‘8 Days: To the Moon and Back’ Among the Titles on PBS’s September DVD and Digital Slate

PBS Distribution’s September DVD and digital slate includes 8 Days: To the Moon and Back, Secrets of the Dead: World War Speed and Tiananmen: The People Versus the Party, among other titles.

Available now on DVD and digital is Tiananmen: The People Versus the Party, which explores the Tiananmen Square tragedy. The documentary features never-before-seen Chinese television archival materials and exclusive interviews with key insiders, from protest leaders and students to government insiders, to reveal the scale of the 1989 protest, its aims, its military crackdown and the aftermath.

Secrets of the Dead: World War Speed, also available now on DVD and digital, explores what one historian calls the first pharmacological arms race. Stories about drug use by Hitler and German forces during World War II have been widely told. What’s less well-known is how Allied commanders followed suit and embraced pharmacological “force enhancers” as well. Viewers follow historian James Holland on a journey that takes him from German bombers pulled from the depths of Norwegian fjords and obscure European museums, to a modern British military demolitions range and into the belly of a restored Sherman tank.

Narrated by actor Lee Pace (Guardians of the Galaxy, The Hobbit), When Whales Walked: Journeys in Deep Time, due Sept. 10 on DVD and digital, traces the origin stories of some the world’s most spectacular creatures. From Abu Dhabi to Argentina, Kenya to China, the program takes viewers on a global adventure as top scientists investigate clues from the fossil record and use 21st-century technology to unlock the evolutionary secrets of crocodiles, birds, whales and elephants. Using 3D graphics and CGI to bring ancient beasts to life, When Whales Walked offers insights into the evolution of these magnificent animals, exploding myths about the path these species took over millions of years.

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In the three-part program Ancient Skies, coming Sept. 10 on DVD and digital, viewers discover how centuries of knowledge, experimentation and engineering helped our ancestors explore outer space. With CGI, landscape footage and astronomical artifacts, the program looks at the universe through the eyes of our ancestors, charting our changing view of the cosmos throughout history. Viewers take a journey through past visions of the heavens from all over the world, from the dawn of civilization to the recent past. From hunter-gatherers to Edwin Hubble, viewers see the myriad of ways that we have observed and chronicled the movements of the heavens. With a cast of expert historians and astronomers, the science behind the phenomena that our ancestors sought to explain through mythology is explored.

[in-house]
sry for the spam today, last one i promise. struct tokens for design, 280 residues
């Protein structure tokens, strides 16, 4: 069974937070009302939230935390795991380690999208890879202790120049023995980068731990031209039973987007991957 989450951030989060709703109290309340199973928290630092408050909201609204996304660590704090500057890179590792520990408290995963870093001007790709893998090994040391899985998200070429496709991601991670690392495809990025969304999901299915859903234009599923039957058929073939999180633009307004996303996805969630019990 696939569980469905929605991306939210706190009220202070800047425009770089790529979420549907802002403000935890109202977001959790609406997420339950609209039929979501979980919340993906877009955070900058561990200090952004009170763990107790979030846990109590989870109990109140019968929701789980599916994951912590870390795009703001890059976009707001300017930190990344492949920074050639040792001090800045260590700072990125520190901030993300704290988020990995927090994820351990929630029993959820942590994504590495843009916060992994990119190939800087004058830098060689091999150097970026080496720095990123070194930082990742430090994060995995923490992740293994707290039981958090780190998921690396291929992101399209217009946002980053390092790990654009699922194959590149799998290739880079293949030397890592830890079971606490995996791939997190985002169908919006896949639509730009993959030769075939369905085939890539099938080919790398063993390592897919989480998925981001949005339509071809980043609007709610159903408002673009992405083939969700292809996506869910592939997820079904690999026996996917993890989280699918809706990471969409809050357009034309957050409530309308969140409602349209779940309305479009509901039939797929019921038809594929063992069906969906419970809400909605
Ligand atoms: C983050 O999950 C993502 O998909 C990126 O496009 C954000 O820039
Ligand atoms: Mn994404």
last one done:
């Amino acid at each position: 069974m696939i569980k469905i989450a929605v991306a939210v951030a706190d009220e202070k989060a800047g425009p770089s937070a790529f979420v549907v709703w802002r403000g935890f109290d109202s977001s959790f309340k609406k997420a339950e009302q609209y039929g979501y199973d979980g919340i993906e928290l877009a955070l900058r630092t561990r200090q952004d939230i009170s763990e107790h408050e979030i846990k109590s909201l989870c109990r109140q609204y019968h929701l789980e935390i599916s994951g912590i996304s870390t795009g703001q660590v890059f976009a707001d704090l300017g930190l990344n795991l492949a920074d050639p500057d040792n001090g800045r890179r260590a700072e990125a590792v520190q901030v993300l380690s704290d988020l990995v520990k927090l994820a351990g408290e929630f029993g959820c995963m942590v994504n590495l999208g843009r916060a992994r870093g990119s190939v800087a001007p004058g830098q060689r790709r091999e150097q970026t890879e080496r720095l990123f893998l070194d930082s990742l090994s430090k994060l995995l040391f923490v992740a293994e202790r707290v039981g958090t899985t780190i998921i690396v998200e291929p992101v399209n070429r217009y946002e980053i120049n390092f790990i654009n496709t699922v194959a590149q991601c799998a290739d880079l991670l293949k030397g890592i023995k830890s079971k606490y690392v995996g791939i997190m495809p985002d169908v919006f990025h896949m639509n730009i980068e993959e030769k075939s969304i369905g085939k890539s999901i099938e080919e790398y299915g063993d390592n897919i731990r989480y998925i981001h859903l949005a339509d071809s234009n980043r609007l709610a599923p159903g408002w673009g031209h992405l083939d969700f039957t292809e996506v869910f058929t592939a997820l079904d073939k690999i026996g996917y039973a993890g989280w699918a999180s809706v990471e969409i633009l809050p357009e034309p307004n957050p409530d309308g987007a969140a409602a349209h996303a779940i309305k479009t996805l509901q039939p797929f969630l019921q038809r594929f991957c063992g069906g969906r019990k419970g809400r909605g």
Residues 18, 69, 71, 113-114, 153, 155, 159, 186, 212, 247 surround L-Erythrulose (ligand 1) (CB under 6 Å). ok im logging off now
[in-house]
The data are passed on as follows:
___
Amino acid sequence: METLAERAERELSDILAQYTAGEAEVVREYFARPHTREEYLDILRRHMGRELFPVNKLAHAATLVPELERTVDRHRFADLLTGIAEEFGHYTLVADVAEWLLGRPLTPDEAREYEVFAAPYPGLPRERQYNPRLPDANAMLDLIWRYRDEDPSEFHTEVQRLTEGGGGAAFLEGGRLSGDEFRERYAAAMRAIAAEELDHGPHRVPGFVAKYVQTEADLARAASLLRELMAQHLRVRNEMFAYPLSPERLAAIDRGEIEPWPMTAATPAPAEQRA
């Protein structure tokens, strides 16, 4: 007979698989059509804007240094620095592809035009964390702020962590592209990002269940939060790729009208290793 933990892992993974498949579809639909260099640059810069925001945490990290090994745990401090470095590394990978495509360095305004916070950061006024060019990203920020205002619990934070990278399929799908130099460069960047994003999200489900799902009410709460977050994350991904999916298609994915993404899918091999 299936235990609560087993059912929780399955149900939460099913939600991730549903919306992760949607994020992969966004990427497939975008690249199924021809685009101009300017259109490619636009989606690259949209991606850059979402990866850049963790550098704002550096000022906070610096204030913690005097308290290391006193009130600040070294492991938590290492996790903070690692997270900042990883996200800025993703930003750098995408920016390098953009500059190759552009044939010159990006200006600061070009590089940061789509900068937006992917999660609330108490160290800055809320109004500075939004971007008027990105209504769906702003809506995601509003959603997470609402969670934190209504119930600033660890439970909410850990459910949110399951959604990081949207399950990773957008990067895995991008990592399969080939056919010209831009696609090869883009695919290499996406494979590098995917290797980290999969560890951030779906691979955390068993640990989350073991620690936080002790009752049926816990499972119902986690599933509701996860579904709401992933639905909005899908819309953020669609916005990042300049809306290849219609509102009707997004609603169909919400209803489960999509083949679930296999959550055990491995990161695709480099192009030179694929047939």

Finally, 8 Days: To the Moon and Back, due on DVD and digital Sept. 25, takes viewers on the Apollo 11 mission with Neil Armstrong, Buzz Aldrin and Michael Collins. Rare mission audio takes viewers inside the spacecraft on its historic journey. The film blends authentic mission audio, featuring candid conversations between Armstrong, Aldrin and Collins, with newly shot studio footage, NASA and news archives, and CGI recreation of the journey and landing. Rufus Wright (“EastEnders”), Jack Tarlton (The Imitation Game), and Patrick Kennedy (Mrs. Wilson) star in a recreation of the first moon landing.

Season Three of ‘Jamestown,’ Woodstock Doc and ‘NOVA: The Planets’ Among August Titles Coming to Disc and Digital From PBS

American Experience: Woodstock: Three Days That Defined a Generation, NOVA: The Planets and the drama Jamestown, Season 3 are among the titles coming to DVD, Blu-ray and digital from PBS Distribution in August.

Due Aug. 6 on DVD and digital is American Experience: Woodstock: Three Days That Defined a Generation. Filmmaker Barak Goodman’s documentary, which revisits the 1969 Woodstock concert for its 50th Anniversary, explores one of the most influential concerts the country has ever seen. In August 1969, half a million young people from journeyed from every corner of the country to a dairy farm in upstate New York for a concert unprecedented in scope and influence. The film examines the tumultuous decade that led to those three historic days — years that saw the nation deeply divided by Vietnam and racial, generational and sexual politics — through the voices of those who were present for the event that would become the defining moment of the counterculture revolution. Focusing on individuals that were at the concert, including concertgoers, security guards, performers and local residents, the film expands understanding of the event as not only a musical milestone, but a cultural phenomenon that served as a coda to the sixties and a harbinger of the decades to come.